Car sales increased 14 percent in February from a year earlier. Cement sales are rising with growing housing demand for increasing population. Lucky Cement, Pakistan’s biggest publicly traded construction materials company, is expected to post record earnings this year. Rising farm prices of bumper crops are pumping hundreds of billions of rupees each year into Pakistan's rural economy.
Contrary to government statistics of a stagnant economy, packed shopping malls and waiting lines at restaurants tell a different story-- the story of growing discretionary incomes of Pakistani consumers today.
So where is the disconnect between these two opposite views of Pakistan's economy? Naween Mangi of Businessweek answers it in her piece "The Secret Strength of Pakistan's Economy". She attributes it to the fast growing informal sector of the nation's economy that evades government's radar, illustrating it with the story of a tire repair shop owner Muhammad Nasir. Nasir steals water and electricity from utility companies, receives cash from his customers in return for his services and issues no receipts, pays cash for his cable TV connection, and pays off corrupt police and utility officials and local politicians instead of paying utility bills and taxes.
Here's an excerpt from Mangi's Businessweek story:
"The rhythms of life in the underground economy remain largely undisturbed. After work, Nasir and his friends sometimes hire a rickshaw to head to the beach or to a religious festival. The driver, part of the flourishing local transport business, doesn’t turn on the meter because he doesn’t have one. On his way home, Nasir stops to buy cooking oil, wheat flour, and sugar at a small grocery store that isn’t officially there. Out of about 1 million shops, up to 400,000 are grocery stores, and most of them are not registered and don’t pay taxes, according to Rafiq Jadoon, president of the City Alliance of Markets Association. In the evening, Nasir unwinds in front of the television. He watches an Indian movie transmitted by a local cable operator to whom he pays a monthly fee—in cash."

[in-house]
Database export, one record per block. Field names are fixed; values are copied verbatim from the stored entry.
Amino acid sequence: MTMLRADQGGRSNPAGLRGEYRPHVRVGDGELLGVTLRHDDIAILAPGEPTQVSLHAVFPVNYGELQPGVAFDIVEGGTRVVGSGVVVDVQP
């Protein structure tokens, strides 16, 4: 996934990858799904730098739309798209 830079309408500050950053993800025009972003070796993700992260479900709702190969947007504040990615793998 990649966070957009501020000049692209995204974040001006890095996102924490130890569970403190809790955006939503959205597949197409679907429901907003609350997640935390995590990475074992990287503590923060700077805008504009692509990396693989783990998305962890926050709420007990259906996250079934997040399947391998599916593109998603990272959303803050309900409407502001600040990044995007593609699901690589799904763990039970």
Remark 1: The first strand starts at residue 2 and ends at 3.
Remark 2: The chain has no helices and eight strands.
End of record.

The estimates of the size of Pakistan's underground economy vary from 30% to 50% of the official GDP of just over Rs. 18 trillion (US$200 billion). Businessweek's Mangi claims that the government is losing as much as Rs. 800 billion (US$9 billion) in taxes from the informal sector...nearly enough to wipe out Pakistan's current fiscal deficit.
In my view, there are two major problems that arise from the underground economy described by Mangi. First, the massive tax evasion fosters Pakistan's dependence on foreign aid which comes with strings attached and infringes of national sovereignty. Second, the widespread theft of electricity is largely responsible for the huge circular debt and the ongoing power shortages that affect all aspects of life and scare away investors. The sooner the government and the people realize the severe downsides of the underground economy, the better it will be for Pakistan.